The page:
WHERE IS GOD WHEN TRAGEDY STRIKES

“Where is God when tragedy strikes” has long been a difficult and seemingly answerable question.

Even the Bible doesn’t give us simple answers. God intervened when Abraham was just about to slay his precious son Isaac, but he didn’t intervene in the miseries of Job and he didn’t intervene in stopping the Roman and Jewish authorities from executing Jesus.

We can all tell of tragedies where some have been prevented and others haven’t. Our histories are full of God’s gracious “intervention” and his not so gracious “non-intervention”.

Why? Are some people more important to God, like Abraham but not Job or Jesus? Are some events planned by God and therefore can’t be stopped like Jesus needing to die to save us from hell? Are some the result of the evil intentions of others and God doesn’t interfere with our free will, even if it be a criminal raping a child?

Why are some tragedies more terrible than others like Jesus’ death over thousands of others who were crucified? Is the result the important thing and not the means or persons involved? Again the question arises why are some tragedies “justified” like Jesus, and yet others like the senseless rape of a child is not? Tell a parent that it’s because of the importance of Jesus’ death to salvation over that of their child that makes the tragedy more meaningful and therefore acceptable and we’d rightly so be called callous and unfeeling.

Does suffering a tragedy become more meaningful and acceptable when a good outcome can be seen but not when no reason is apparent? Are we required, expected to accept tragedy in the belief that God will use the occurrence for good in all those affected by it even if not in our lifetimes?

There definitely is some easing of the pain when we can see that good has come out of the calamity. When we can see that we have come to understand and learn things that would otherwise have evaded us. That sometimes it takes something personal for us to learn the lessons of life passed down to us by others but ignored. Like don’t go to war, don’t drink and drive, have safe sex, don’t murder, lie or cheat, care for one another and your sick, aged and poor, take care of your water resources, your forests, your rivers, your vegetation, etc. etc.!

If we were godlier would there be less and less disasters? And by that I mean if we lived the golden rule of doing unto others as we’d like them to do unto us could we divert so many catastrophes? If we took more responsibility for the outcome of our actions, our words, our thoughts, would we be more careful and circumspect and would things begin to be better and better? Could these things be the prayers and actions that would save us rather than leaving it to God, the gods and someone else to do what is right and good for all and our planet? Can the golden rule work if we believe it but leave it to someone else to practice?

I do believe that God does work things out for good but he needs our co-operation – be it before, during or after the event. It may not be that things begin to change for the perpetrator of the evil as that is not within our control, but it can begin with us choosing to work with God. I do believe he can transform our weeping into laughter and can use circumstances in our lives to make us sit up and change the way we are living! I believe God would far rather that we live life without all the pain and suffering we do, be it as a result of the cumulative selfishness of the ages, of our age, of ourselves or others.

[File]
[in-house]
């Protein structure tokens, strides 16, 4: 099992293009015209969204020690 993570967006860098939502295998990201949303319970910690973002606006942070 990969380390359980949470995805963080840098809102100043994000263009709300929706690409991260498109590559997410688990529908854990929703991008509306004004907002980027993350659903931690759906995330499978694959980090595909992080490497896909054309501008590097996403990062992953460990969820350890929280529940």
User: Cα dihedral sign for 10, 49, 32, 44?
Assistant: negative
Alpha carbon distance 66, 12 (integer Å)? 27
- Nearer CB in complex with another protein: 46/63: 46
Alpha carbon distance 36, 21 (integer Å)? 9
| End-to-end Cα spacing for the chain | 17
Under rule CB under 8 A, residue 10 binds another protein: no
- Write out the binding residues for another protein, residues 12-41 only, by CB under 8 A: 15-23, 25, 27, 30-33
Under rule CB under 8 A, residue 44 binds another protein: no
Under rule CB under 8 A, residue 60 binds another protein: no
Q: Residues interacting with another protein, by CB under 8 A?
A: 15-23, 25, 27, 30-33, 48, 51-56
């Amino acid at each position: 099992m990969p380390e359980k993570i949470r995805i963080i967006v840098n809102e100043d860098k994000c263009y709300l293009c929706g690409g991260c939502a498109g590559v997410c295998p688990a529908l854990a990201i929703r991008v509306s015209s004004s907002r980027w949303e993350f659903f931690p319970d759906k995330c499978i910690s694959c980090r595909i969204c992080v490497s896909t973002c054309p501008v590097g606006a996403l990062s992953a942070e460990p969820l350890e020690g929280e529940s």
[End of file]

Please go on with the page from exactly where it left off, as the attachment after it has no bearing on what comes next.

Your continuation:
We know what is the good and right thing to do, but we often just turn a blind eye until something happens that forces us to take stock of our lives. Sometimes we are shaken awake by what we read and by the experiences of others but often unfortunately it is only when something trips us up even if it is not an enormous calamity that we are prepared to look at and live our lives differently.

We may never really understand how or why tragedies happen or why they are not always prevented by God or others or ourselves, but there are a few things we can do even so. We can give the tragedy some meaning. We can see that it has made us more sensitive to the pain of others who may have suffered something similar. It can make us more wary of doing the same harm to another. It can be the impetus for us to help others avert such tragedies by giving support and help be it through a new campaign, or joining a organization already operating, or making a phone call, sending flowers or something else that would help ease another’s pain. I remember once being unable to express my sadness for a friend at the funeral of her husband, and could only embrace her. She told me later that the concern and love of that embrace gave her great comfort.

We can imagine a good outcome in the meantime! A favourite scripture of mine is that whatever we can imagine that is good and lovely will not be able to be compared with what God has planned. So image the most extravagant and glorious outcome and God will do better than that. One of my imaginings is that my deceased mother who loved horses and rode them into her 80’s, is enjoying the wonderful scenery of the various planets of the universe riding the beautiful horses of heaven. Now I thrill to think of God’s one up on mine!!

Imagine the best outcome when tragedy strikes and as sure as God is God, it will be better.

NEXT  ….. some more imaginings!

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About Jeanette

When I attended a Life Line training course many years ago, we were told that the labels, titles and hats we wore were not important but rather who we are and whom we have become through our journey through life. We all have something to share, to ask, to listen to, to learn from, to pass on, to reflect on. So, let's begin ....
This entry was posted in Hope for the future, Philosophical, Spiritual. Bookmark the permalink.

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